• University of Reading (UR), UK
  • University of Stuttgart (UST), Germany

The consortium was an open working group, open to any further membership and open to all donators of free source code.

II) In the second phase (Kick-off January 2008), detailed design, coding and implementation by software engineers and beta testing by scientists took place. GUT was launched by ESA as 18 months long CCN of GUTS contract.

The primary objective of CCN was to release the first version of the user toolbox through following steps:

  • Review toolbox specification and define technical requirements
  • Develop the first generation toolbox based on existing software
  • Introduce visualisation functions via GUI based on BRAT
  • Develop toolbox tutorial
  • Evaluate and test the toolbox

Furthermore, two supporting scientific studies have been carried out; one on a new Mean Sea Surface and one on error covariance matrix handling.

The GUT-Phase 2 consortium was composed by :

  • Collecte Localisation Satellite (CLS), France
  • Danish National Space Center (DNSC), Denmark + Georges Balmino, France
  • Nansen Environmental and Remote Sensing Center (NERSC), Norway
  • National Oceanography Centre, Southampton (NOCS), UK
  • Proudman Oceanographic Laboratory (POL), UK
  • Science and Technology (S&T), NL
  • University of Reading (UR), UK

III) In the third phase (Kick-off March 2010) a GUT Extension/Maintenance Contract has been kicked-off on 25 March 2010. The main outcome from this contract is the release of GUT v2.0 but also pure research activities in the fields of the synthetic error covariance matrix evaluation and MSS error characteristics assessment has been pursued. The second public release of GUT (v2.0) was disseminated on March 2011 in concomitance of the 4th GOCE User Workshop.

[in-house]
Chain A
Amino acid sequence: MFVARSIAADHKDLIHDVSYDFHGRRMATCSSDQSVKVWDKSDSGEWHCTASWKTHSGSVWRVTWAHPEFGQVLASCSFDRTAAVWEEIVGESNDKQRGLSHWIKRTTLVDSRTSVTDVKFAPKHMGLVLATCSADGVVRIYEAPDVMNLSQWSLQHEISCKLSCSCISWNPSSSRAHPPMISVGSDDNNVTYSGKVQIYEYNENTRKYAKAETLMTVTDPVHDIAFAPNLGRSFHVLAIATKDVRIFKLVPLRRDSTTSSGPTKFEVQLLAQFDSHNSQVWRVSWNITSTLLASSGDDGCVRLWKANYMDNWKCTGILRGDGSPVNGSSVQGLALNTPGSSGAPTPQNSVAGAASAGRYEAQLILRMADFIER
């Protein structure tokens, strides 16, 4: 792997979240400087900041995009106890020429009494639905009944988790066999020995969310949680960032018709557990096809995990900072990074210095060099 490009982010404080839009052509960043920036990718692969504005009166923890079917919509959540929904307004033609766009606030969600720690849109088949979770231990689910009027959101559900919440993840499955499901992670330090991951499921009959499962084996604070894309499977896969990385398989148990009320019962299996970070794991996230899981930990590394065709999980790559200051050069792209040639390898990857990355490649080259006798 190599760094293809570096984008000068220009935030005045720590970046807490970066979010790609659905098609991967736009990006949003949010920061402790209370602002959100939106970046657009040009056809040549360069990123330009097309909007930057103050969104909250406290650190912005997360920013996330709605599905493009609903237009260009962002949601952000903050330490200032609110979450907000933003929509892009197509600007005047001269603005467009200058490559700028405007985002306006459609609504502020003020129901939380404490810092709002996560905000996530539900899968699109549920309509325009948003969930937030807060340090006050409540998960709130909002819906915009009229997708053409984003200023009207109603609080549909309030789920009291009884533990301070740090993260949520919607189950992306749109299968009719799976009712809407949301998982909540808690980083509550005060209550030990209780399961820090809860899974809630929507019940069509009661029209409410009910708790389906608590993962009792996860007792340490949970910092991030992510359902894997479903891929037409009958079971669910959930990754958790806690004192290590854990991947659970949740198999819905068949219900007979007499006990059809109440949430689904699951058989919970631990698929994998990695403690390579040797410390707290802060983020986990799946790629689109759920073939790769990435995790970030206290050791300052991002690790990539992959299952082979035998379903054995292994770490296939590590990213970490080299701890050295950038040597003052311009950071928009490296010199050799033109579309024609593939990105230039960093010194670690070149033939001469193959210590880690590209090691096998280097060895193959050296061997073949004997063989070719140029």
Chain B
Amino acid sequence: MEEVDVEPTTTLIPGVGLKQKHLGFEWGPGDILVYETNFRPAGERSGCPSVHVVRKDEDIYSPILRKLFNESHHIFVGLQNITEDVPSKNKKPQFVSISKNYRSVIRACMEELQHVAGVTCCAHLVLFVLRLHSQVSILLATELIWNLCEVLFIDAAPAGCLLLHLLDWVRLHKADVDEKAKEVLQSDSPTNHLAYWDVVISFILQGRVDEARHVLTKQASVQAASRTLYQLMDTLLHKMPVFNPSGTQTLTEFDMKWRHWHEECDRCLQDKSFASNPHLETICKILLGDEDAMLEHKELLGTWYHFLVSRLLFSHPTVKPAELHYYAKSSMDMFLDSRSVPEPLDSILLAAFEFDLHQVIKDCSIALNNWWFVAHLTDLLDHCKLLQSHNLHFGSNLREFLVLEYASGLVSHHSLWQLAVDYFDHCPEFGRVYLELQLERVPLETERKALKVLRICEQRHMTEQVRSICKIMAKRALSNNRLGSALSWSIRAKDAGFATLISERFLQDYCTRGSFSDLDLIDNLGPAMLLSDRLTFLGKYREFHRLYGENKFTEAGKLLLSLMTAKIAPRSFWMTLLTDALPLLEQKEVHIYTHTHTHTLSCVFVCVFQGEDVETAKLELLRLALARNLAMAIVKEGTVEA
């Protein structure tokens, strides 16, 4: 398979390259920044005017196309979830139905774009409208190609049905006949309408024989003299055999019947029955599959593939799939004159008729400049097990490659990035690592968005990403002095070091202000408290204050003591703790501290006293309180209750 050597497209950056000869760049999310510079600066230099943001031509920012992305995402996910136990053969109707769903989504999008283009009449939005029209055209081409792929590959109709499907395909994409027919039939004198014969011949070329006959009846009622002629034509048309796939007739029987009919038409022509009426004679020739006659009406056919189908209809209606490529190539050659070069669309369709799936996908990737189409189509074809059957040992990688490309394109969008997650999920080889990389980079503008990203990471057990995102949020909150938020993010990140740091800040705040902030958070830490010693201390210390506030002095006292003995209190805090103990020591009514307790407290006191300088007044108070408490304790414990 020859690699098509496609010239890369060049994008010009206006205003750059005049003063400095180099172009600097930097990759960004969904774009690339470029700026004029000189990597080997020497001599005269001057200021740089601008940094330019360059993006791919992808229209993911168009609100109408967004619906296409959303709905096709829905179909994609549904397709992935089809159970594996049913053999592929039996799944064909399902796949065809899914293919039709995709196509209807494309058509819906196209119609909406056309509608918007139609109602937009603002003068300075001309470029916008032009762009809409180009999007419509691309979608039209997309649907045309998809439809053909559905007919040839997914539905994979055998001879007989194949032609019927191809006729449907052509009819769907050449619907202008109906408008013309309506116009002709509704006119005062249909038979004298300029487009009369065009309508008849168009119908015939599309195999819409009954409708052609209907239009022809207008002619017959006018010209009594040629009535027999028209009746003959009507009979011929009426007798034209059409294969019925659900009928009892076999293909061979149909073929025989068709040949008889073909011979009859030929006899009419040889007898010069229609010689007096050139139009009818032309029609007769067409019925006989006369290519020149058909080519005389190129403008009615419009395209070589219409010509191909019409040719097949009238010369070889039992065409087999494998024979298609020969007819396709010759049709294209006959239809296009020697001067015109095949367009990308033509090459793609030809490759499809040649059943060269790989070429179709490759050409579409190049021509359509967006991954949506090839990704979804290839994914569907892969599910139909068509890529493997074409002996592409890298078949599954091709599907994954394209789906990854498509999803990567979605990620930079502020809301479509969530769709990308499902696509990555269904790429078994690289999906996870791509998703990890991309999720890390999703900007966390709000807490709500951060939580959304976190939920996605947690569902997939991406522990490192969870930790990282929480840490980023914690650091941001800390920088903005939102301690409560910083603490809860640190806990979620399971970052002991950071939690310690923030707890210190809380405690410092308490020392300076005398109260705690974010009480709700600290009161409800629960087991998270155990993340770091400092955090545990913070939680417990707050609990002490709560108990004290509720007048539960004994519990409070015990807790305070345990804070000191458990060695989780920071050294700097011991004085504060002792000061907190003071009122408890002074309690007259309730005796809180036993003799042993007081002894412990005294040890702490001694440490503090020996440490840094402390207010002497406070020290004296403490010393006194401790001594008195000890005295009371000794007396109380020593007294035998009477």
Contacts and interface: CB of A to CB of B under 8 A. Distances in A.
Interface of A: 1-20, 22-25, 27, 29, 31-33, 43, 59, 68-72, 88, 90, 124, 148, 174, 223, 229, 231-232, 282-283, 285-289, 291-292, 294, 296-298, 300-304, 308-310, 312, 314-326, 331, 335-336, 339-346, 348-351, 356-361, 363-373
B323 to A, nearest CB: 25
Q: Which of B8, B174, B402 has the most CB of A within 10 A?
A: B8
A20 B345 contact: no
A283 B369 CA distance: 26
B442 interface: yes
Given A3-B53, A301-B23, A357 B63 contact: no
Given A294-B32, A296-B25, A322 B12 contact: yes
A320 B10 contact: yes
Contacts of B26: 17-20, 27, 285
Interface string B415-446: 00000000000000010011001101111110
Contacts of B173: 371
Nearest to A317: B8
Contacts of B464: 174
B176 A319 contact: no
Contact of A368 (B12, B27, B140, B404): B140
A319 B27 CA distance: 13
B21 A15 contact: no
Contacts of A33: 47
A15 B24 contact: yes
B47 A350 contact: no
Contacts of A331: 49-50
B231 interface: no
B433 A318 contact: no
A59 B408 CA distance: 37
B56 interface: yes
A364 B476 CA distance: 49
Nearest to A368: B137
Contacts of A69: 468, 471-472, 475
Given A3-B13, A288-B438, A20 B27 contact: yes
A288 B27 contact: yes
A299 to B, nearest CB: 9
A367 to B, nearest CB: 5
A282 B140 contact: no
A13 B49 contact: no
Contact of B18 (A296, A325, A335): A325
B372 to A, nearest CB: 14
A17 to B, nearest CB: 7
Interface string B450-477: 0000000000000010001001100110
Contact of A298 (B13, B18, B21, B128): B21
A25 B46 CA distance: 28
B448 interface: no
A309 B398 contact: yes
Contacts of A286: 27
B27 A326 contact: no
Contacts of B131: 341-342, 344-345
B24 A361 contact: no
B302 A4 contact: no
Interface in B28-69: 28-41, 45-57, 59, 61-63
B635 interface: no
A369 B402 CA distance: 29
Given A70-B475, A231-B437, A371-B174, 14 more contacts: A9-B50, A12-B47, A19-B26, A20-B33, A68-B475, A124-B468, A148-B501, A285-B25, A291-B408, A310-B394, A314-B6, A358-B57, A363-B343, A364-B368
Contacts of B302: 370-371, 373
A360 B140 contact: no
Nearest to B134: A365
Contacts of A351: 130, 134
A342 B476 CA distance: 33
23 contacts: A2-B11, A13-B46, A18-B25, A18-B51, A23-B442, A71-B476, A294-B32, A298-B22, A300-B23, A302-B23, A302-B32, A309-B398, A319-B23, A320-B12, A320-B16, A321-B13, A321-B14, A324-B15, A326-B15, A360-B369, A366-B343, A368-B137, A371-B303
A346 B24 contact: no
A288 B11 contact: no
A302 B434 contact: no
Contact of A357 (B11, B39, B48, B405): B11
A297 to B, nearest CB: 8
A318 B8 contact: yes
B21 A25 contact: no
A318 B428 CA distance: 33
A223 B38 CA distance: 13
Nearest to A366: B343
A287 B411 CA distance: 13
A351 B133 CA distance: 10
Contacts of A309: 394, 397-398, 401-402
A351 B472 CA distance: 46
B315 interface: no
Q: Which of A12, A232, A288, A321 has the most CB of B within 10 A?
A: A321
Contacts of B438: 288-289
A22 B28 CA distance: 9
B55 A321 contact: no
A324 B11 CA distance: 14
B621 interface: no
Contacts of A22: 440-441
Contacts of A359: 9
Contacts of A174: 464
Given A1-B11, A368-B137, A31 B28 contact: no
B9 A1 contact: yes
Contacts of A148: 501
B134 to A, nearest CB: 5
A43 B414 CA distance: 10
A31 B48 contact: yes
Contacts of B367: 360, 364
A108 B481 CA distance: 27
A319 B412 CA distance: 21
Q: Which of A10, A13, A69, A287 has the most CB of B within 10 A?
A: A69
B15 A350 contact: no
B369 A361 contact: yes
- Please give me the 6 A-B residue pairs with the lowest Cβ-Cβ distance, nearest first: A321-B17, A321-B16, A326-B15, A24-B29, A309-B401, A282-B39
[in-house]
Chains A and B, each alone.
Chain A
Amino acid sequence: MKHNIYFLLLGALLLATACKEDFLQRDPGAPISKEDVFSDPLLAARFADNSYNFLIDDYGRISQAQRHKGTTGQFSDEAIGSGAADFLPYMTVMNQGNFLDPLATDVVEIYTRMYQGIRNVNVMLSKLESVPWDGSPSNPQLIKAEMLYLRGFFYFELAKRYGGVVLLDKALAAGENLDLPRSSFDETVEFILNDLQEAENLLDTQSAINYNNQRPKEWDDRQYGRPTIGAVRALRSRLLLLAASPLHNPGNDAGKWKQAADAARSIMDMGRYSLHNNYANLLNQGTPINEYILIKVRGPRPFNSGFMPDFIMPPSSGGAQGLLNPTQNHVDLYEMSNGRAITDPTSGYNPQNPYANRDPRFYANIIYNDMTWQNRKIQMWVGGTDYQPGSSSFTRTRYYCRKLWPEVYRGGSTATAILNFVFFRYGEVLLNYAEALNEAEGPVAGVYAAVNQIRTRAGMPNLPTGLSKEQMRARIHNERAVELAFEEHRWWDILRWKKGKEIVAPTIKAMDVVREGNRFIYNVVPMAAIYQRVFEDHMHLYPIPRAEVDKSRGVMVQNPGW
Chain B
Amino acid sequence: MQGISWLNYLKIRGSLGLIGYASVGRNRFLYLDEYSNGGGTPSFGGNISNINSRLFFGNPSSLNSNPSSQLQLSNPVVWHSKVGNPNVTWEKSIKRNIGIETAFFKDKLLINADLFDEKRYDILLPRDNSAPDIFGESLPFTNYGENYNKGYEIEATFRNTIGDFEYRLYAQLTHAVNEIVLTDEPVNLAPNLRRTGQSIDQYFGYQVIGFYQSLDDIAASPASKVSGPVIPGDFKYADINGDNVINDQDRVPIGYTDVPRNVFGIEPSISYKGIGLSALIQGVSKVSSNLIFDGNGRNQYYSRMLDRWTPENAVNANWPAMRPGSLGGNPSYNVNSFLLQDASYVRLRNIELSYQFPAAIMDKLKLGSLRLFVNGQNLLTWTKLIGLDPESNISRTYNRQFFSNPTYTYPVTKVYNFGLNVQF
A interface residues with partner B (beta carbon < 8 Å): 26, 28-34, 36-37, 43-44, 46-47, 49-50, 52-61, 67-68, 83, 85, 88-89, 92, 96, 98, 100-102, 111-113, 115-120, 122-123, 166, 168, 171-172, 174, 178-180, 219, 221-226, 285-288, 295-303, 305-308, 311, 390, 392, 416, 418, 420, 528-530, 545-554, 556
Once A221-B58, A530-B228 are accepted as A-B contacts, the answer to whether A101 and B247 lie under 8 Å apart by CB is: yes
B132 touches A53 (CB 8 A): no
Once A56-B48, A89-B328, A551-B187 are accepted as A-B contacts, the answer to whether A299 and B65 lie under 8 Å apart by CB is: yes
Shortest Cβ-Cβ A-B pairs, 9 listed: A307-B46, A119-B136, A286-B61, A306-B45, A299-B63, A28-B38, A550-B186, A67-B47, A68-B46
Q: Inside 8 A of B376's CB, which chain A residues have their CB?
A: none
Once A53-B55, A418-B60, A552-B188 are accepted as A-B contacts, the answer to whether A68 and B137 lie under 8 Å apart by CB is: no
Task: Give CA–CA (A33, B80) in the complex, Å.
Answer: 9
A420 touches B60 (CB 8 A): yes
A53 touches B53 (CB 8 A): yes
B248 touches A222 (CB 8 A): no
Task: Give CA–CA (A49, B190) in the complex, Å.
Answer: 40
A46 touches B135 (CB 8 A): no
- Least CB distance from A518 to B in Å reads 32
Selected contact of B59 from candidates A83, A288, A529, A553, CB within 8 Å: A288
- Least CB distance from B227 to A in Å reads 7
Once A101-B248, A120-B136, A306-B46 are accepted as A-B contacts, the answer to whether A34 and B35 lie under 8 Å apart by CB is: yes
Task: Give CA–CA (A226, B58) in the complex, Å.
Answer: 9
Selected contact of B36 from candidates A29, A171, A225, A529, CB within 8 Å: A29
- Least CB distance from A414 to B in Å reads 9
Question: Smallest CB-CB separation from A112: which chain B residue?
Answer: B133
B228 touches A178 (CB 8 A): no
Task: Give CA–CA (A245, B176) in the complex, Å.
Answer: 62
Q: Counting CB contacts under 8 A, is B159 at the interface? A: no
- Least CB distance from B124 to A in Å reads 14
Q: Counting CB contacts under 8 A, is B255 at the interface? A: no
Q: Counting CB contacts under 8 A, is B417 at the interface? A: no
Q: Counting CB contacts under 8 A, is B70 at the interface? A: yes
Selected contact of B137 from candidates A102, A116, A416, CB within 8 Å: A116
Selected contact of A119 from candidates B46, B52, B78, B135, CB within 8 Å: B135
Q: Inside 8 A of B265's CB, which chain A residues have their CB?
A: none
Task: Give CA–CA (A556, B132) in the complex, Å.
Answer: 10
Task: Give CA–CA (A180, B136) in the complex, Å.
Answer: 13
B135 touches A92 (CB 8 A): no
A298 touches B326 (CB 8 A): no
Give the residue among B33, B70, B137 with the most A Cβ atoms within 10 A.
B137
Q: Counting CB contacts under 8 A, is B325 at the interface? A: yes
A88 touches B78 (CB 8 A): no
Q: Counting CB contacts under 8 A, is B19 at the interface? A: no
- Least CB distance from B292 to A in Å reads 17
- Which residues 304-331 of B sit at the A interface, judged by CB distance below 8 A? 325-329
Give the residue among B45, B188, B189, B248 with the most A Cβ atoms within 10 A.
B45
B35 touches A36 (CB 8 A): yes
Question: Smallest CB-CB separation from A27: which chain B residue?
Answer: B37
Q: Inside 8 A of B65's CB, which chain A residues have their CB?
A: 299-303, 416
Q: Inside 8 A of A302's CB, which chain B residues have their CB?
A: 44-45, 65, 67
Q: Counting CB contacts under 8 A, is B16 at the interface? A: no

GUT v2.0 has:

  • More Support/Utilities for Solid Earth Community (Bouguer Anomaly, etc)
  • Anisotropic Filtering
  • Spline Interpolation
  • Support to ICGEM Format
  • More Statistical Analysis methods
  • History Attribute
  • Time Attribute
  • An external Tool for the analysis of Variance/Covariance Matrix
  • And many others more

The GUT-Phase 3 consortium is composed by:

  • Danmarks Tekniske Universitet Space (DTU), Denmark
  • Collecte Localisation Satellite (CLS), France
  • National Oceanography Centre Southampton (NOCS), UK
  • Science & Technology (S&T), NL
  • Newcastle University (NU), UK
  • Institut de Physique du Globe de Paris (IPGP), France
  • Copenaghen University (CU), Denmark
  • Hamburg University (HU), Germany

The GUT members work in a core group with an open group of observers, reviewers and advisors. The members of this open group are de facto the first users of the toolbox. Some have also contributed existing source code to improve the toolbox.
You can join this group and contribute to the toolbox validation process - please contact the GUT Support Team.

The second version of GUT has been disseminated in concomitance of the 4th GOCE User Workshop. User satisfaction survey is on-going here.